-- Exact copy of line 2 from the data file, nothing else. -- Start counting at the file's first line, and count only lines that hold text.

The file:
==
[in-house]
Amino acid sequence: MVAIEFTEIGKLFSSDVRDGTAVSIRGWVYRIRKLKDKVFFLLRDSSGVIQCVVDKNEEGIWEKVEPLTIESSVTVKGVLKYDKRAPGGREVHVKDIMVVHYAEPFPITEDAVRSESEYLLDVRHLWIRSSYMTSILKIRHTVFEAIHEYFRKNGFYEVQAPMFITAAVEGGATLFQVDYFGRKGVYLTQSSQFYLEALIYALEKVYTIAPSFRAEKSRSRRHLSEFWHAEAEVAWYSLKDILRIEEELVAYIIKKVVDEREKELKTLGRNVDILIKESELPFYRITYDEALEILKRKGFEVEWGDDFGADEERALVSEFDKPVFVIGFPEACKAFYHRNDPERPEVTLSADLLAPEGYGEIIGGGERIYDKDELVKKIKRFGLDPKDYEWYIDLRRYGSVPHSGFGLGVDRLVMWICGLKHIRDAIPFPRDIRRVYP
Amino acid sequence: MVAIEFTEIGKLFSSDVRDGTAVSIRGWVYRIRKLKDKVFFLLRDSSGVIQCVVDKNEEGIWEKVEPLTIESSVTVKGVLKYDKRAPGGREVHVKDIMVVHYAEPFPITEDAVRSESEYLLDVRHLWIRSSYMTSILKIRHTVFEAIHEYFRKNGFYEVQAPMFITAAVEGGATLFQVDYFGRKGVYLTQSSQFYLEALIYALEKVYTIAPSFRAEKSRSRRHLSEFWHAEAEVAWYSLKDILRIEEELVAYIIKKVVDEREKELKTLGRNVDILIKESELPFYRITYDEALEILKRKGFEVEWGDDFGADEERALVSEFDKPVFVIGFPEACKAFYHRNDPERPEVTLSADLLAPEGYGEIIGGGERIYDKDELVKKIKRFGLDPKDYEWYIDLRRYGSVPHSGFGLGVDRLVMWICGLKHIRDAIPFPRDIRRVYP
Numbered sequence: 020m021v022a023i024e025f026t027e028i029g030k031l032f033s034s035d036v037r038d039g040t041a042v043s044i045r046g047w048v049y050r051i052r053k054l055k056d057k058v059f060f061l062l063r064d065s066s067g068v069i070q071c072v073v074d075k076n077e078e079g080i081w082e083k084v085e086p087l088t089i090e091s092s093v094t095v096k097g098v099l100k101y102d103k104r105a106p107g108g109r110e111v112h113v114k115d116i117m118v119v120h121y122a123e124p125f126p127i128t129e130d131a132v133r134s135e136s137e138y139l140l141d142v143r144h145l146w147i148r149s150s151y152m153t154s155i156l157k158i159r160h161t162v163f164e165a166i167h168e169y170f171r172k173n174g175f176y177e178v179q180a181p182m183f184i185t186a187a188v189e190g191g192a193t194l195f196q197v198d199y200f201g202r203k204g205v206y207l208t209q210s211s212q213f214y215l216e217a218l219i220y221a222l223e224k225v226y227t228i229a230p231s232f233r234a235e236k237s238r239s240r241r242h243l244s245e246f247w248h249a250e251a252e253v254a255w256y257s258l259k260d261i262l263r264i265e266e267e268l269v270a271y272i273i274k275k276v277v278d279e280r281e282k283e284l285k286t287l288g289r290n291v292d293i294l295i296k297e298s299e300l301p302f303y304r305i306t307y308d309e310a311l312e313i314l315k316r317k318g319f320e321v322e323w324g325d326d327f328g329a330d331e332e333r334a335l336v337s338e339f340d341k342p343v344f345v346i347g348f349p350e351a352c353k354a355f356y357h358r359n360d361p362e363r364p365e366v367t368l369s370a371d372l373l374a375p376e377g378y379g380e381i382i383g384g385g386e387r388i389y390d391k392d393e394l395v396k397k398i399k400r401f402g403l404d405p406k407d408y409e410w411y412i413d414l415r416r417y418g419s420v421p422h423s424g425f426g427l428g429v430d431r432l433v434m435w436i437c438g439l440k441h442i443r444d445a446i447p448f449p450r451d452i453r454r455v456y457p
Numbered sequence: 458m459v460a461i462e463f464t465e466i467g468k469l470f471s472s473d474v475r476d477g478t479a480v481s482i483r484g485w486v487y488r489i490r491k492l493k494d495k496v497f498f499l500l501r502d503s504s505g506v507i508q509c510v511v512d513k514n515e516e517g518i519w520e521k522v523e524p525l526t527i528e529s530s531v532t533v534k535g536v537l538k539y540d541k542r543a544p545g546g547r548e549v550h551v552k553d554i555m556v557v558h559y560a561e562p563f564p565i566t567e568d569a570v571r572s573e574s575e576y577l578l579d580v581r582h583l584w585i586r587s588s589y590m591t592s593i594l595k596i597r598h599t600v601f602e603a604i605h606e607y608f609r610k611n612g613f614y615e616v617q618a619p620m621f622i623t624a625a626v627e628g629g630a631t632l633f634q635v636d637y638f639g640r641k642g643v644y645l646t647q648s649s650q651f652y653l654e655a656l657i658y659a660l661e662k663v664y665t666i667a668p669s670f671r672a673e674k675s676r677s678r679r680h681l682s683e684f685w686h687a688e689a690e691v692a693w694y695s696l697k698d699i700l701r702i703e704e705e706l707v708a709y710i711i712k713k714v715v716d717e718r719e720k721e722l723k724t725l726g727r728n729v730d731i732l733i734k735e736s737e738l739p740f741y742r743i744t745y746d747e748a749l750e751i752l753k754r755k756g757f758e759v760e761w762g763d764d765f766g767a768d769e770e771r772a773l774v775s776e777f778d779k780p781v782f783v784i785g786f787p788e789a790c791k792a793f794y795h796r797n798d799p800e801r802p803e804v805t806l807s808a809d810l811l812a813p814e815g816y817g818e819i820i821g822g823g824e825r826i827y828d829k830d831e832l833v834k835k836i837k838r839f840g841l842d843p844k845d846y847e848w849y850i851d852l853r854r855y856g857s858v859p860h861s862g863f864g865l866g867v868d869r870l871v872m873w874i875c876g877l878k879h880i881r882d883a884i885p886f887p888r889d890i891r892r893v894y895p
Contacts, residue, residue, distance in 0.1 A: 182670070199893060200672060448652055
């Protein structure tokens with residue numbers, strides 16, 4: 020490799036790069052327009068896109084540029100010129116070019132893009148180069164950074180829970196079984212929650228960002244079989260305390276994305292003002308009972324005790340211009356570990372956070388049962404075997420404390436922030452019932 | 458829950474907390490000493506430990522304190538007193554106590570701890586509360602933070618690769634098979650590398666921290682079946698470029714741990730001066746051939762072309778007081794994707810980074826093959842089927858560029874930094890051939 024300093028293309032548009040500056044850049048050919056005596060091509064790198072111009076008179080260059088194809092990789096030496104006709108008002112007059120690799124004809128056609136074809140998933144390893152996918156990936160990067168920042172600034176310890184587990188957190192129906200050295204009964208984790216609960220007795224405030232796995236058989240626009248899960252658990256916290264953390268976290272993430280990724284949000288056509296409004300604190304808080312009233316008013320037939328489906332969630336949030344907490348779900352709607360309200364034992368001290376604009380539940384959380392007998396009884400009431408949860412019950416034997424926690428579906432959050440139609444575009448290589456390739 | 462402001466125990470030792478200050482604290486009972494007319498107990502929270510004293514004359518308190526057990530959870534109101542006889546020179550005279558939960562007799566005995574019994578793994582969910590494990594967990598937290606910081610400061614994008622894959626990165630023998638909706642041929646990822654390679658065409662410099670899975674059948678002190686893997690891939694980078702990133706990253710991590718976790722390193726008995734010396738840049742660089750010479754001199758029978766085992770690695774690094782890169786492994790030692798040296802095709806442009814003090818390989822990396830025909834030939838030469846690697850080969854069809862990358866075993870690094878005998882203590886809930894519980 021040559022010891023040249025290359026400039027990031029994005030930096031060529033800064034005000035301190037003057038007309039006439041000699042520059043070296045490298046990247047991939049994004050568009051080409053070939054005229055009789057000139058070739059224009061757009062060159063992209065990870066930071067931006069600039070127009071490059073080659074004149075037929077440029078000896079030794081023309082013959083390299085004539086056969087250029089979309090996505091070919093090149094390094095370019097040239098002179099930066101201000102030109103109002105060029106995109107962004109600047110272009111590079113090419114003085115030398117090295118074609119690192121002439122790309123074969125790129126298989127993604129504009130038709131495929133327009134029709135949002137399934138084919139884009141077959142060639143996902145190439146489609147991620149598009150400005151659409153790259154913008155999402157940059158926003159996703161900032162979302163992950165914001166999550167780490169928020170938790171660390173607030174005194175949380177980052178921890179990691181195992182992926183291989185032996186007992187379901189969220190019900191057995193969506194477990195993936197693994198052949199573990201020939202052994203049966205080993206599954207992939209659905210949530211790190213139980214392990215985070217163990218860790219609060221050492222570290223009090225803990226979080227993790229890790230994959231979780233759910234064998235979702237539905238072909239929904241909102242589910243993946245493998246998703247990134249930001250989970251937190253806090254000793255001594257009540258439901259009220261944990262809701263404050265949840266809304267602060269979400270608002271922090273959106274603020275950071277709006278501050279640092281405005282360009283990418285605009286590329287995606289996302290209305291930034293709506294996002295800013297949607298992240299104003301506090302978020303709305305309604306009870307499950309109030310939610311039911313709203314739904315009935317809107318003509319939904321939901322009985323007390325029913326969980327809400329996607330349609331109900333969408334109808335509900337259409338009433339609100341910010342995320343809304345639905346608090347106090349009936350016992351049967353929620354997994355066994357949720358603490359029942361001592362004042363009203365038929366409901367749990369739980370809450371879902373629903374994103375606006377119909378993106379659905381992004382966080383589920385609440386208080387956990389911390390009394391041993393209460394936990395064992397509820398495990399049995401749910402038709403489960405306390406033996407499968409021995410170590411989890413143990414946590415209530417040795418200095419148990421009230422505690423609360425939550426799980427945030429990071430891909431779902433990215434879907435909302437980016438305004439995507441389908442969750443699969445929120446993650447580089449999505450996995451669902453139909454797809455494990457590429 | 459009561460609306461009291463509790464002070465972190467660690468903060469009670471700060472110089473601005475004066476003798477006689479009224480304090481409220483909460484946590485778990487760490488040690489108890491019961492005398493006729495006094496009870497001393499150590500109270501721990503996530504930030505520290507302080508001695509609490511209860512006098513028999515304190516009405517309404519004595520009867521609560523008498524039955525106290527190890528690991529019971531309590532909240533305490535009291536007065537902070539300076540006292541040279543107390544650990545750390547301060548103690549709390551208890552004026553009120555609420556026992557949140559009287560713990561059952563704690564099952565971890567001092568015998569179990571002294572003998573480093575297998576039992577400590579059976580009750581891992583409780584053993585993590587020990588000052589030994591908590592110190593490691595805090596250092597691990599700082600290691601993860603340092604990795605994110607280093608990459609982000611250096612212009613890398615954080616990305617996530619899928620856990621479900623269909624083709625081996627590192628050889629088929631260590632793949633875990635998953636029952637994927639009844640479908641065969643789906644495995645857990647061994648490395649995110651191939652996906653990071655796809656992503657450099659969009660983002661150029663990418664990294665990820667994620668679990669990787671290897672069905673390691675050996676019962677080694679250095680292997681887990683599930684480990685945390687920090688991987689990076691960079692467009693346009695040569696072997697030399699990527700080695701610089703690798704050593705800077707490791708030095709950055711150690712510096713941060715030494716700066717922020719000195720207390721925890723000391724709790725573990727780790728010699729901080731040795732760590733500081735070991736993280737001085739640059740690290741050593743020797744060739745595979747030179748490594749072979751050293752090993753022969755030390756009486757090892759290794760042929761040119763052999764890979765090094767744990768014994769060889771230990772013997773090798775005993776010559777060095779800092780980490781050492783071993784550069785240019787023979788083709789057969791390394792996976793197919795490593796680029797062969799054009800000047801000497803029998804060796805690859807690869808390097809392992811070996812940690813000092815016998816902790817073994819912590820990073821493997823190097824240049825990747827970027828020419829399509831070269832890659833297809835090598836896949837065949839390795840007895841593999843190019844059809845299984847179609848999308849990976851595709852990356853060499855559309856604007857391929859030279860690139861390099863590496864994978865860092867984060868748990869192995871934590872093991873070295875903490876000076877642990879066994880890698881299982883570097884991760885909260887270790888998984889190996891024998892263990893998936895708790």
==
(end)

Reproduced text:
Amino acid sequence: MVAIEFTEIGKLFSSDVRDGTAVSIRGWVYRIRKLKDKVFFLLRDSSGVIQCVVDKNEEGIWEKVEPLTIESSVTVKGVLKYDKRAPGGREVHVKDIMVVHYAEPFPITEDAVRSESEYLLDVRHLWIRSSYMTSILKIRHTVFEAIHEYFRKNGFYEVQAPMFITAAVEGGATLFQVDYFGRKGVYLTQSSQFYLEALIYALEKVYTIAPSFRAEKSRSRRHLSEFWHAEAEVAWYSLKDILRIEEELVAYIIKKVVDEREKELKTLGRNVDILIKESELPFYRITYDEALEILKRKGFEVEWGDDFGADEERALVSEFDKPVFVIGFPEACKAFYHRNDPERPEVTLSADLLAPEGYGEIIGGGERIYDKDELVKKIKRFGLDPKDYEWYIDLRRYGSVPHSGFGLGVDRLVMWICGLKHIRDAIPFPRDIRRVYP